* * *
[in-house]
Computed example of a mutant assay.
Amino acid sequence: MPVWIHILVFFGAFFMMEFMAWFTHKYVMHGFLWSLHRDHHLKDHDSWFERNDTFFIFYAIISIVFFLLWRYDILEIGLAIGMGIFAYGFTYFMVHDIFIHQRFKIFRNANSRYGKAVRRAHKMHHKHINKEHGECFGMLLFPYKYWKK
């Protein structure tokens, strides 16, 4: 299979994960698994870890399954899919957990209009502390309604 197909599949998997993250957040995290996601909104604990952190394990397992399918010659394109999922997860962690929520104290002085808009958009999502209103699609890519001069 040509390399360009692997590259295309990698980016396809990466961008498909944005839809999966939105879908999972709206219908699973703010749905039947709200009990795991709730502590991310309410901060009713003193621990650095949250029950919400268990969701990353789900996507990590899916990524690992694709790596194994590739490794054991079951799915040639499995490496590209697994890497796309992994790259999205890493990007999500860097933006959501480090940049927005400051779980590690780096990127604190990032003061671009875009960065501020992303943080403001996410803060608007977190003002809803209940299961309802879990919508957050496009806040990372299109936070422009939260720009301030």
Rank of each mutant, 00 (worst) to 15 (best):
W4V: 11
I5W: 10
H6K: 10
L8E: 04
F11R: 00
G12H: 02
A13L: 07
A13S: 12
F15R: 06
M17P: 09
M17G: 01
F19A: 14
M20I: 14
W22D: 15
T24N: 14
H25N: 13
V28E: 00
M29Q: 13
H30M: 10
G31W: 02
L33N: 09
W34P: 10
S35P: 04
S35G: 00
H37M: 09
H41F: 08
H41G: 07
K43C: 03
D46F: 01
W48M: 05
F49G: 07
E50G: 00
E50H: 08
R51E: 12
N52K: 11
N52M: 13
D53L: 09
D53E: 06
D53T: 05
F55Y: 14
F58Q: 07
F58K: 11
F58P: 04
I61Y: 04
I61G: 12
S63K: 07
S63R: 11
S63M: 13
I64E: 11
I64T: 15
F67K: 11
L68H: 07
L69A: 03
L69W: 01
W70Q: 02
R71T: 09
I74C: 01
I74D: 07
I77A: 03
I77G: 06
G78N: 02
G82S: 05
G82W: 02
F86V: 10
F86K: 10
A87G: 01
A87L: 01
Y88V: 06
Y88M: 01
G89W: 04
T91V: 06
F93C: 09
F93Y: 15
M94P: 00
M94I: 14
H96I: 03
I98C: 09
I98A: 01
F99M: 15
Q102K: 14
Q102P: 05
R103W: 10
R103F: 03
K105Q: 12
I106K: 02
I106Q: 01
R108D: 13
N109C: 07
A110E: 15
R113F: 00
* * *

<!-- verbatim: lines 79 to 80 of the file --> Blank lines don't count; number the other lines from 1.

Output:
M94P: 00
M94I: 14